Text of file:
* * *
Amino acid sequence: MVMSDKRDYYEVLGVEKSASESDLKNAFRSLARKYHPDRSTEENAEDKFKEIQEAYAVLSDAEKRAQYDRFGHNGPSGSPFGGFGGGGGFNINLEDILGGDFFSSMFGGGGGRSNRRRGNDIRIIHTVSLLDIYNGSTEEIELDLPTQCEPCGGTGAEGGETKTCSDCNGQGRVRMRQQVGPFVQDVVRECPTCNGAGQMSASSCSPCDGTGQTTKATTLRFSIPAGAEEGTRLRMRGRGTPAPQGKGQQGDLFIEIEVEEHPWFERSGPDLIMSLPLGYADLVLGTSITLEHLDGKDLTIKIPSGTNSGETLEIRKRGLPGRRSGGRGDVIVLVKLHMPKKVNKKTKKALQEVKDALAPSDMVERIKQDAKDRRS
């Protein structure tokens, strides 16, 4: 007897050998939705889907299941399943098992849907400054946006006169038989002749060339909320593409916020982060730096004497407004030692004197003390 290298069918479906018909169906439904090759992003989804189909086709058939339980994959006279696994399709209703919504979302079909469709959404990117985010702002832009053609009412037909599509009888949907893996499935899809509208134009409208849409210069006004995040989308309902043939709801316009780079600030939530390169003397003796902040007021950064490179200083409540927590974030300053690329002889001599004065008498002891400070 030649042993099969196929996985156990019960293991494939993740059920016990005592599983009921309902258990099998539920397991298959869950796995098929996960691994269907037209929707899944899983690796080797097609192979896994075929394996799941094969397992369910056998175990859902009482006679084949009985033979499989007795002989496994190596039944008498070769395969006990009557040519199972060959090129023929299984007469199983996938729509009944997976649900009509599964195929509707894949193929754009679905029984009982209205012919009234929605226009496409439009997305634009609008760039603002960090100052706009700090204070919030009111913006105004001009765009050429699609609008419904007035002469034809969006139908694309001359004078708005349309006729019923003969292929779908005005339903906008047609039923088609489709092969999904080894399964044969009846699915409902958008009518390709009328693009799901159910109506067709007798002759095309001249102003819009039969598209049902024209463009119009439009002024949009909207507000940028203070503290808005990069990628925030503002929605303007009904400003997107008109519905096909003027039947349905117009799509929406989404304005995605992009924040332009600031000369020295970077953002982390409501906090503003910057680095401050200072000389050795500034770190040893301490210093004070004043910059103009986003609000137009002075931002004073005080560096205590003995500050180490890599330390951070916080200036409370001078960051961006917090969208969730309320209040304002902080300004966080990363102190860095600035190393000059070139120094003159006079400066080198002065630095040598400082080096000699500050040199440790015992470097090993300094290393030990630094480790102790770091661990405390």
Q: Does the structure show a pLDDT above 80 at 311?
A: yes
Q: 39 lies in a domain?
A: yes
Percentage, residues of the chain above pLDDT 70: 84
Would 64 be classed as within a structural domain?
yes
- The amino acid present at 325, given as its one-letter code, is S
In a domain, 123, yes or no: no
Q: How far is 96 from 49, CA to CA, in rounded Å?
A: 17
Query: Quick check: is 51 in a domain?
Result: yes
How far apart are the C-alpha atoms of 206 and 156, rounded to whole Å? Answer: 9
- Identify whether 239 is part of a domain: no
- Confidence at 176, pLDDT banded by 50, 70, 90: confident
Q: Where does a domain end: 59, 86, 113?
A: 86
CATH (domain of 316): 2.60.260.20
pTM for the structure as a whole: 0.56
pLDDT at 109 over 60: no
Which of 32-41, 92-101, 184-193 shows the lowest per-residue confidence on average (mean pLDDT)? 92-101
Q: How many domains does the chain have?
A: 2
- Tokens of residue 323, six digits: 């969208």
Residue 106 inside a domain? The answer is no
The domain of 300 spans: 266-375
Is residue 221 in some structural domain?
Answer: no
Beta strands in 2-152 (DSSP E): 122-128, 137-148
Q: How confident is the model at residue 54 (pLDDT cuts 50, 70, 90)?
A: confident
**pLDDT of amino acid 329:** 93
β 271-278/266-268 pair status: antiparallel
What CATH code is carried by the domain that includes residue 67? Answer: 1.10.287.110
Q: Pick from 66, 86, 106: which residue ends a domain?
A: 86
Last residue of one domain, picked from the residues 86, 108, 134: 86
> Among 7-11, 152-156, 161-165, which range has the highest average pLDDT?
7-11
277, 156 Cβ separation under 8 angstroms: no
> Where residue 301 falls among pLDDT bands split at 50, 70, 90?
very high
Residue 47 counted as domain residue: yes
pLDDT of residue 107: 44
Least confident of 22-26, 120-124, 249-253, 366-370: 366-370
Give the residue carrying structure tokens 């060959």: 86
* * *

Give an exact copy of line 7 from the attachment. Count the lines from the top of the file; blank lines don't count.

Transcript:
Percentage, residues of the chain above pLDDT 70: 84